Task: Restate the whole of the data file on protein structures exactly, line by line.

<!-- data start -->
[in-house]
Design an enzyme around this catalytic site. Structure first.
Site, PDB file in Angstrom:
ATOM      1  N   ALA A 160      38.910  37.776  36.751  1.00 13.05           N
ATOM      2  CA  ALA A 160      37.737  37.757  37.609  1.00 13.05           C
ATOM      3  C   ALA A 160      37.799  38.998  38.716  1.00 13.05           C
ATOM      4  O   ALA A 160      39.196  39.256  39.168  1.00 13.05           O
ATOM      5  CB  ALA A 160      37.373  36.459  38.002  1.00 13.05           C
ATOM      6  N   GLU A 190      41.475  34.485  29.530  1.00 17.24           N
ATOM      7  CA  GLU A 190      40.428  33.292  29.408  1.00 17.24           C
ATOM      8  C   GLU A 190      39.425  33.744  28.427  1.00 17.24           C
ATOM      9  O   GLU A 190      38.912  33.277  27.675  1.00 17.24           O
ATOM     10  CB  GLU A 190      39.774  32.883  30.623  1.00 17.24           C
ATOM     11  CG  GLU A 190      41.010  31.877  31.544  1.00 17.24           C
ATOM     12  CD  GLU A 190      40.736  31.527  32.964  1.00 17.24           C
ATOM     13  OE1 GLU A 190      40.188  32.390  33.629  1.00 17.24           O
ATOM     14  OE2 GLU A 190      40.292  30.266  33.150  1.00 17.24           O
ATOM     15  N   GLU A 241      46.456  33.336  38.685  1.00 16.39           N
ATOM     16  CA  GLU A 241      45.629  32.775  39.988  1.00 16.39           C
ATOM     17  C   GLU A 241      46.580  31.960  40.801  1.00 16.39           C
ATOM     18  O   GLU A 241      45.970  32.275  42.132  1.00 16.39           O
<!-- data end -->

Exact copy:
[in-house]
Design an enzyme around this catalytic site. Structure first.
Site, PDB file in Angstrom:
ATOM      1  N   ALA A 160      38.910  37.776  36.751  1.00 13.05           N
ATOM      2  CA  ALA A 160      37.737  37.757  37.609  1.00 13.05           C
ATOM      3  C   ALA A 160      37.799  38.998  38.716  1.00 13.05           C
ATOM      4  O   ALA A 160      39.196  39.256  39.168  1.00 13.05           O
ATOM      5  CB  ALA A 160      37.373  36.459  38.002  1.00 13.05           C
ATOM      6  N   GLU A 190      41.475  34.485  29.530  1.00 17.24           N
ATOM      7  CA  GLU A 190      40.428  33.292  29.408  1.00 17.24           C
ATOM      8  C   GLU A 190      39.425  33.744  28.427  1.00 17.24           C
ATOM      9  O   GLU A 190      38.912  33.277  27.675  1.00 17.24           O
ATOM     10  CB  GLU A 190      39.774  32.883  30.623  1.00 17.24           C
ATOM     11  CG  GLU A 190      41.010  31.877  31.544  1.00 17.24           C
ATOM     12  CD  GLU A 190      40.736  31.527  32.964  1.00 17.24           C
ATOM     13  OE1 GLU A 190      40.188  32.390  33.629  1.00 17.24           O
ATOM     14  OE2 GLU A 190      40.292  30.266  33.150  1.00 17.24           O
ATOM     15  N   GLU A 241      46.456  33.336  38.685  1.00 16.39           N
ATOM     16  CA  GLU A 241      45.629  32.775  39.988  1.00 16.39           C
ATOM     17  C   GLU A 241      46.580  31.960  40.801  1.00 16.39           C
ATOM     18  O   GLU A 241      45.970  32.275  42.132  1.00 16.39           O